top of page

Flexible washable wearable microgrid that can store energy from the human body

Nanoengineers at the University of California San Diego published a Nature Communications paper "A self-sustainable wearable multi-modular E-textile bioenergy microgrid system", in which they have developed a "wearable microgrid" that harvests and stores energy from the human body to power small electronics. The wearable microgrid consists of three main parts: sweat-powered biofuel cells, motion-powered devices called triboelectric generators, and energy-storing supercapacitors. All parts are flexible, washable, and can be screen printed onto clothing.

“Despite the fast development of various energy harvesting and storage devices, their judicious integration into efficient, autonomous, and sustainable wearable systems has not been widely explored. Here, we introduce the concept and design principles of e-textile microgrids by demonstrating a multi-module bioenergy microgrid system. Unlike earlier hybrid wearable systems, the presented e-textile microgrid relies solely on human activity to work synergistically, harvesting biochemical and biomechanical energy using sweat-based biofuel cells and triboelectric generators, and regulating the harvested energy via supercapacitors for high-power output. Through energy budgeting, the e-textile system can efficiently power liquid crystal displays continuously or a sweat sensor-electrochromic display system in pulsed sessions, with half the booting time and triple the runtime in a 10-min exercise session. Implementing “compatible form factors, commensurate performance, and complementary functionality” design principles, the flexible, textile-based bioenergy microgrid offers attractive prospects for the design and operation of efficient, sustainable, and autonomous wearable system”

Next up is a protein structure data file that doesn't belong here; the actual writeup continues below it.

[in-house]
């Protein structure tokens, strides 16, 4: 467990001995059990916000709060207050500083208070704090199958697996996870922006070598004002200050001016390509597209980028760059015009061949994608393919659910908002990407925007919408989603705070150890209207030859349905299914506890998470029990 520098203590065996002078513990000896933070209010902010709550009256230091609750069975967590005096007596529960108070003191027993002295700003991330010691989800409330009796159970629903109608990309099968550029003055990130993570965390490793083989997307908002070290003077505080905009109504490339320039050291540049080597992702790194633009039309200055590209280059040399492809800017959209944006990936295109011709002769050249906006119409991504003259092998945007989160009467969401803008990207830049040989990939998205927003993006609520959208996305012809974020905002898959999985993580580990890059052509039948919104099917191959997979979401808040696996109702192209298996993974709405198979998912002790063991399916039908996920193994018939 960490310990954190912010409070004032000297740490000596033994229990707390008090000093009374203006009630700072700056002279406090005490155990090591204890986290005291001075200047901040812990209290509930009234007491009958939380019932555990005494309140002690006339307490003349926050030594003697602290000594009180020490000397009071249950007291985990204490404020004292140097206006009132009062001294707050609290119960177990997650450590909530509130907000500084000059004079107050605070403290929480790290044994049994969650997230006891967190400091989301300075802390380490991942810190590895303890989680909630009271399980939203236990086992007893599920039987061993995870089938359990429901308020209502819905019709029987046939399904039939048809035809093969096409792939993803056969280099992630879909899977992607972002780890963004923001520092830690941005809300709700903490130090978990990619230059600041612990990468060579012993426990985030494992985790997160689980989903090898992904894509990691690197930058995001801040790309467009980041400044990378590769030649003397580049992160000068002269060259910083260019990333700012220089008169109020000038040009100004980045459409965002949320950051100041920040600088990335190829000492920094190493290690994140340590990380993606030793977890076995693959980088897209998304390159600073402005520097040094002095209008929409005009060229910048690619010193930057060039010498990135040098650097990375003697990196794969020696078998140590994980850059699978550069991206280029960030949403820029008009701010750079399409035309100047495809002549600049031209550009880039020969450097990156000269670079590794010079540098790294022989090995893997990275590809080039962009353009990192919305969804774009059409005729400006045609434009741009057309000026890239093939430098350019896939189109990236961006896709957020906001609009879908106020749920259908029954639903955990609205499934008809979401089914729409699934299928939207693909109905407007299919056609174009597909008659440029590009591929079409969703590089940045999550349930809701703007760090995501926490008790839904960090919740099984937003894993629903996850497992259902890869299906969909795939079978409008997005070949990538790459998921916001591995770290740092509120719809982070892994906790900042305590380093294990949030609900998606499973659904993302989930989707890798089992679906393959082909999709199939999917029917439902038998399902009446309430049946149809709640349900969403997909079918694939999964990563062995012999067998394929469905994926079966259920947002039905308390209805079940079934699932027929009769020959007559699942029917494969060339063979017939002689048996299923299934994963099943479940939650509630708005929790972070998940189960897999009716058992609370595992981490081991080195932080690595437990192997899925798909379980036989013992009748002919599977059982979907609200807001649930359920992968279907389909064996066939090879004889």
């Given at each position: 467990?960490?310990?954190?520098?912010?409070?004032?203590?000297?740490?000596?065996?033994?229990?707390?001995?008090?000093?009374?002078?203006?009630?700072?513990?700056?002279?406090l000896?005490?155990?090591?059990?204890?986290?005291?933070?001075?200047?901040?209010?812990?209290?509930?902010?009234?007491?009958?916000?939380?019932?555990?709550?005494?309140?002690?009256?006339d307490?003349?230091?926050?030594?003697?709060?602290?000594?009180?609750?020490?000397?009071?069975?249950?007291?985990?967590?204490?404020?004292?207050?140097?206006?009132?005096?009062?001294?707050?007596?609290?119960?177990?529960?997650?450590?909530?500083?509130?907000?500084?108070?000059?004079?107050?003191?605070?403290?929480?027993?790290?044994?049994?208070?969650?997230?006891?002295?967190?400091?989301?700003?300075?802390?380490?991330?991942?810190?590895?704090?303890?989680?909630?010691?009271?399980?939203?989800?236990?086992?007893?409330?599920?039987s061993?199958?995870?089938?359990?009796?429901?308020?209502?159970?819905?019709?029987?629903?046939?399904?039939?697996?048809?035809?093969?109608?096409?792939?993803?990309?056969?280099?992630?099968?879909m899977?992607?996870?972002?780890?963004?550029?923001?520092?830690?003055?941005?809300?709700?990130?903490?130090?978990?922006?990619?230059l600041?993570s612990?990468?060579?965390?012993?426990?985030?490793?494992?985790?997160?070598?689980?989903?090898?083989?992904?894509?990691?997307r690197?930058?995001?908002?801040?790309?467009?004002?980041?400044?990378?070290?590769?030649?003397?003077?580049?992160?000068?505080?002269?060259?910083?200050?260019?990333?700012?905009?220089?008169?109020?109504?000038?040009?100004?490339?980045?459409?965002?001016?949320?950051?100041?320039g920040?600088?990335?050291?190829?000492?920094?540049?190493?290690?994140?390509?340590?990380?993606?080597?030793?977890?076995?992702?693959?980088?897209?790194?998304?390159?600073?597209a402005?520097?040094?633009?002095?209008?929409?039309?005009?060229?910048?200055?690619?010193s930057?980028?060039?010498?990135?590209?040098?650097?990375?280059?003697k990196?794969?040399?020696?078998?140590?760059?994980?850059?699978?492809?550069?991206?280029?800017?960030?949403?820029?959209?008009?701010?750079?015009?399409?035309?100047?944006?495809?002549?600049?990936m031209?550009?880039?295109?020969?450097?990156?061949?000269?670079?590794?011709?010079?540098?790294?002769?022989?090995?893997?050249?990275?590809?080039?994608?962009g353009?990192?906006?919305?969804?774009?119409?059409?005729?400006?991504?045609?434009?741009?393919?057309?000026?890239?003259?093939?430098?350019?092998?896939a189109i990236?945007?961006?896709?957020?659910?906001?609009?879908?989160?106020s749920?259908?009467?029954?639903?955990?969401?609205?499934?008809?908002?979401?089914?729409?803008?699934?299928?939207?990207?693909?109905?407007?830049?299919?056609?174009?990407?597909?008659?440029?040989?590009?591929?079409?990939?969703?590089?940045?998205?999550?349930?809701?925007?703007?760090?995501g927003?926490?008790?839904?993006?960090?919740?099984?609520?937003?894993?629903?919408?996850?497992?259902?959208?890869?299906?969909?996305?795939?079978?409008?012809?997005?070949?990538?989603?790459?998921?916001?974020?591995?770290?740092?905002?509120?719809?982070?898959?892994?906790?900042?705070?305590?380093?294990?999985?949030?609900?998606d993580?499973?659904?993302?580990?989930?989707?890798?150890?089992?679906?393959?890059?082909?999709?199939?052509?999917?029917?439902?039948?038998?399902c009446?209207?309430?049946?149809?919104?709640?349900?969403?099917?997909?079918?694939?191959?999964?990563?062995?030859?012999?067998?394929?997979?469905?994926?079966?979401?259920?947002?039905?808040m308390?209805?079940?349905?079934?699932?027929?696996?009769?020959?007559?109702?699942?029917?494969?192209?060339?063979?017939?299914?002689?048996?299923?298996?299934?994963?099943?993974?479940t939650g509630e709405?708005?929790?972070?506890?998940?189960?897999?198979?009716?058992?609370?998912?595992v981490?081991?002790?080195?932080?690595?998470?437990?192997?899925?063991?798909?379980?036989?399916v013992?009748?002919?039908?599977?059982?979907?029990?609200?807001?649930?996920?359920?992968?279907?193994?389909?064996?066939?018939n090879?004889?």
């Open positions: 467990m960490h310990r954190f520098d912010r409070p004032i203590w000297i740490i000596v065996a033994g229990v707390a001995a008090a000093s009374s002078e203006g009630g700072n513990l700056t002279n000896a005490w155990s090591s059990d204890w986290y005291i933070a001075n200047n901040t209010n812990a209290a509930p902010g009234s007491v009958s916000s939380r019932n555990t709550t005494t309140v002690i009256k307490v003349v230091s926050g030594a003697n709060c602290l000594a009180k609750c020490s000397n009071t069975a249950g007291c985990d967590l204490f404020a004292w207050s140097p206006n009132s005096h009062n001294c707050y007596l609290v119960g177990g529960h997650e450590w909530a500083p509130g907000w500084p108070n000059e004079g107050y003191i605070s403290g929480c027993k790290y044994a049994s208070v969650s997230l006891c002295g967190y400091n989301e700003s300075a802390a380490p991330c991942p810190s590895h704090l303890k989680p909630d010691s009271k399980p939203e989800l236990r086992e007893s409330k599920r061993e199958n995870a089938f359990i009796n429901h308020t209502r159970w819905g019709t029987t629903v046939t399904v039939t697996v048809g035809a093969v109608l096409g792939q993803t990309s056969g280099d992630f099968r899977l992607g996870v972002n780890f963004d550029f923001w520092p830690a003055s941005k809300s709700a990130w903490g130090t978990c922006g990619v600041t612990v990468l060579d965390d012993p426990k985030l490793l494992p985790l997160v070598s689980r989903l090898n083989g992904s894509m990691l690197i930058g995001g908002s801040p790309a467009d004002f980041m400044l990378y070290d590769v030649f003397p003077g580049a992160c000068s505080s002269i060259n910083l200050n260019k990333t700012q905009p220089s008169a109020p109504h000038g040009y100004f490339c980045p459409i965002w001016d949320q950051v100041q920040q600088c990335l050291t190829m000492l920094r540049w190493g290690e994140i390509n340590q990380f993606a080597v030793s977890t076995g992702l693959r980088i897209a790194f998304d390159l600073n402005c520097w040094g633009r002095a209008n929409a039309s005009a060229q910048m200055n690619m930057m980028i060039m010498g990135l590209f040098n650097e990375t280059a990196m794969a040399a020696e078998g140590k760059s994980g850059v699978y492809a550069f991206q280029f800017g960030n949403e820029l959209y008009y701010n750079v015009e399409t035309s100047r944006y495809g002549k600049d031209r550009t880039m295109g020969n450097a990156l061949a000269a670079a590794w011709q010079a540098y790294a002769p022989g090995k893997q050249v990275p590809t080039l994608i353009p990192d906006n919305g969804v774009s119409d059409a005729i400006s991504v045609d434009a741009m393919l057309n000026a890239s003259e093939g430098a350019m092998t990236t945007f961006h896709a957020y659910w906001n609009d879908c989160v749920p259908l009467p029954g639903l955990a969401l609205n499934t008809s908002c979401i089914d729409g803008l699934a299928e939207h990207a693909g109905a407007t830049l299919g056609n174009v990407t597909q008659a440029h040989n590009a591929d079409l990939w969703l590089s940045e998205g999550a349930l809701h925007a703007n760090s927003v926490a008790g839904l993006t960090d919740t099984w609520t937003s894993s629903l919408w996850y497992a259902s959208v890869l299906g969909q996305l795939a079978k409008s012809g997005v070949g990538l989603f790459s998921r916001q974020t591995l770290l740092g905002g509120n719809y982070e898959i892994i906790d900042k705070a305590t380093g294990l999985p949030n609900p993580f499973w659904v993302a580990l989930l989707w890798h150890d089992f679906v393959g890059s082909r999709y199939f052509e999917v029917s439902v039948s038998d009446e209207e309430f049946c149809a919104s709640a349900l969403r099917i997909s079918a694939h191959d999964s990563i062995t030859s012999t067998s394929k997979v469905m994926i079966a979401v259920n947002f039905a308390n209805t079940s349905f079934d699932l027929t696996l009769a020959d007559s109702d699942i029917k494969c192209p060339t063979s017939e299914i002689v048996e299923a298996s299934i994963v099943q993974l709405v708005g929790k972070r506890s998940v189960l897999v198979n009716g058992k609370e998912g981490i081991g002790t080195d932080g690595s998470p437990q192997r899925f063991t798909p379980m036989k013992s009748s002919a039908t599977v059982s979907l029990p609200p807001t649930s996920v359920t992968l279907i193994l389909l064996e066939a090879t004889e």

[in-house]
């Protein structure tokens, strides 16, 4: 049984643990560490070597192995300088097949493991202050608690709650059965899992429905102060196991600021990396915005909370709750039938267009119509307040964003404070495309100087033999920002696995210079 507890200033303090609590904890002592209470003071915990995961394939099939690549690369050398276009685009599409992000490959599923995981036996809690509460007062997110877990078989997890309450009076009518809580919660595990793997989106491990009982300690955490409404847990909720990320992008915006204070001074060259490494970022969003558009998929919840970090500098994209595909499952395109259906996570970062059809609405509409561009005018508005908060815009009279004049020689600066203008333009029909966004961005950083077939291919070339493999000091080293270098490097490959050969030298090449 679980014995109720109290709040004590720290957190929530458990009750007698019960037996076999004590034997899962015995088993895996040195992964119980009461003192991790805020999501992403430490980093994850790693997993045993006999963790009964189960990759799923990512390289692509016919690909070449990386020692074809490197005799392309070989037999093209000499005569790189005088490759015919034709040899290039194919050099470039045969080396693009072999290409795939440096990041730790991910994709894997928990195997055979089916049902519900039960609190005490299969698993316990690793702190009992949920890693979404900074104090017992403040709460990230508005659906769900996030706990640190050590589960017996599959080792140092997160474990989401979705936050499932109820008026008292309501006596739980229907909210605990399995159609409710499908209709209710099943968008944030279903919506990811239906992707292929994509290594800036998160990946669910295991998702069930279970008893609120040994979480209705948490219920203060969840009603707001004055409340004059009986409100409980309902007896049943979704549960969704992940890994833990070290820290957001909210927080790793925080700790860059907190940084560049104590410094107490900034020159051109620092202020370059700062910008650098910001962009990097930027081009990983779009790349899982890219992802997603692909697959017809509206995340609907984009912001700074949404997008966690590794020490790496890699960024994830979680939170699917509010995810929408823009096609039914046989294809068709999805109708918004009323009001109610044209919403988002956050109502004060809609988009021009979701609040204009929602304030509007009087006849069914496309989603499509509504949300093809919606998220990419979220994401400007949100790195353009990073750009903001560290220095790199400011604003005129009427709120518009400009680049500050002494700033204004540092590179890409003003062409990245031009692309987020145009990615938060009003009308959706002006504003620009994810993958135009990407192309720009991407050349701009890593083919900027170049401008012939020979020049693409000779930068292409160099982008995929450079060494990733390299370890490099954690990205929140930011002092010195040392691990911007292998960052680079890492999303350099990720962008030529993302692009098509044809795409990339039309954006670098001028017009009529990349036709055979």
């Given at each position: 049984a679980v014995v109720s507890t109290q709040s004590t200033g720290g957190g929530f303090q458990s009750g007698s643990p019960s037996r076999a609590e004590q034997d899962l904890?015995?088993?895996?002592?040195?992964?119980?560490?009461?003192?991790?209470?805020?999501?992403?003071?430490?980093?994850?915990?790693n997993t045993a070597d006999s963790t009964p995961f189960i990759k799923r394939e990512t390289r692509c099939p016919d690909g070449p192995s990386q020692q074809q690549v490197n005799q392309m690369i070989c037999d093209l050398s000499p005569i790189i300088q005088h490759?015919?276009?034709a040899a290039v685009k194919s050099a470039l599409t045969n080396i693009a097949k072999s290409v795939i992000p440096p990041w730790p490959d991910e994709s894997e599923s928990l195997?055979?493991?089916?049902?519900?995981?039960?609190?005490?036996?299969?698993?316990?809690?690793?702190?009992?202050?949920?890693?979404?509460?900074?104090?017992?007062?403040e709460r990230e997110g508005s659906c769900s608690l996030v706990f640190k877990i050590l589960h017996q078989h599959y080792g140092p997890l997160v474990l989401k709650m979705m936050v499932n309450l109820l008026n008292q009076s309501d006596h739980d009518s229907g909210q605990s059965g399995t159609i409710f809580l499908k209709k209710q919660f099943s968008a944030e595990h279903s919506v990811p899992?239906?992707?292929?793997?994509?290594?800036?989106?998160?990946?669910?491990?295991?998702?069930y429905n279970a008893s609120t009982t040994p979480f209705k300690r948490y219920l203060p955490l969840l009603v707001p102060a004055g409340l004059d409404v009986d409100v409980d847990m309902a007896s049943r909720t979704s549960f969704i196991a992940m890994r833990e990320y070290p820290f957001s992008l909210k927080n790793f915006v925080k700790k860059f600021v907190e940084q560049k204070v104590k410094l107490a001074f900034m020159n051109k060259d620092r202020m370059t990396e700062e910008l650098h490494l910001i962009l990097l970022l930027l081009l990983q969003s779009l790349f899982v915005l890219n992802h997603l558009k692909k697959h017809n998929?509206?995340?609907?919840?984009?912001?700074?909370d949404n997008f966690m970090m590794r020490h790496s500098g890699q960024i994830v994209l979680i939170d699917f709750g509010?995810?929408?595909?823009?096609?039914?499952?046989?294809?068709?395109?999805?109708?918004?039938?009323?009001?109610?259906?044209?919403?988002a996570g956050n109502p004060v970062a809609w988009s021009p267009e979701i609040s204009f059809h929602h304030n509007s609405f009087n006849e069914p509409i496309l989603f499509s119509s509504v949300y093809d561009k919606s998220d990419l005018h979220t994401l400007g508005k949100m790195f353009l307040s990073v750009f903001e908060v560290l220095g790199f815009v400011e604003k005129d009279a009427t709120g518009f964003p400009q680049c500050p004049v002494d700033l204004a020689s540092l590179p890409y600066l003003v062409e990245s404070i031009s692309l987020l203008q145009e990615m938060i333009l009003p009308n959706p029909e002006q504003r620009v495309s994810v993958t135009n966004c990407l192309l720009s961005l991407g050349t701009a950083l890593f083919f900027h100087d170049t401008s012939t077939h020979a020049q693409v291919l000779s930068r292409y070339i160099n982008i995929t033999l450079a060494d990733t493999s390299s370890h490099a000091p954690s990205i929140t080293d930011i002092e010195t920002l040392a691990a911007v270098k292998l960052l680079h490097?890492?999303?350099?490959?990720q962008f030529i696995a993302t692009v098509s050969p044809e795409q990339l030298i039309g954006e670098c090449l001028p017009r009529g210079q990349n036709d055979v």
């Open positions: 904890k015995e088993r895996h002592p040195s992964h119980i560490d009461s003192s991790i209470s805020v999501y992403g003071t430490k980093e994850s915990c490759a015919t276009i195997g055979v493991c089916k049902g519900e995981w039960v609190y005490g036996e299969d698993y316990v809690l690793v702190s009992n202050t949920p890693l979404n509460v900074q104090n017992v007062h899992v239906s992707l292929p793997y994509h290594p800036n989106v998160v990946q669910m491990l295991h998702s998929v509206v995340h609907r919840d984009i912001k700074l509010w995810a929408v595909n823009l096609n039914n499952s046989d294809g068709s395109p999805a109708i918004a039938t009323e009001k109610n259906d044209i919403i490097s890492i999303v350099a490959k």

Subscribe for updates

Thank you!

bottom of page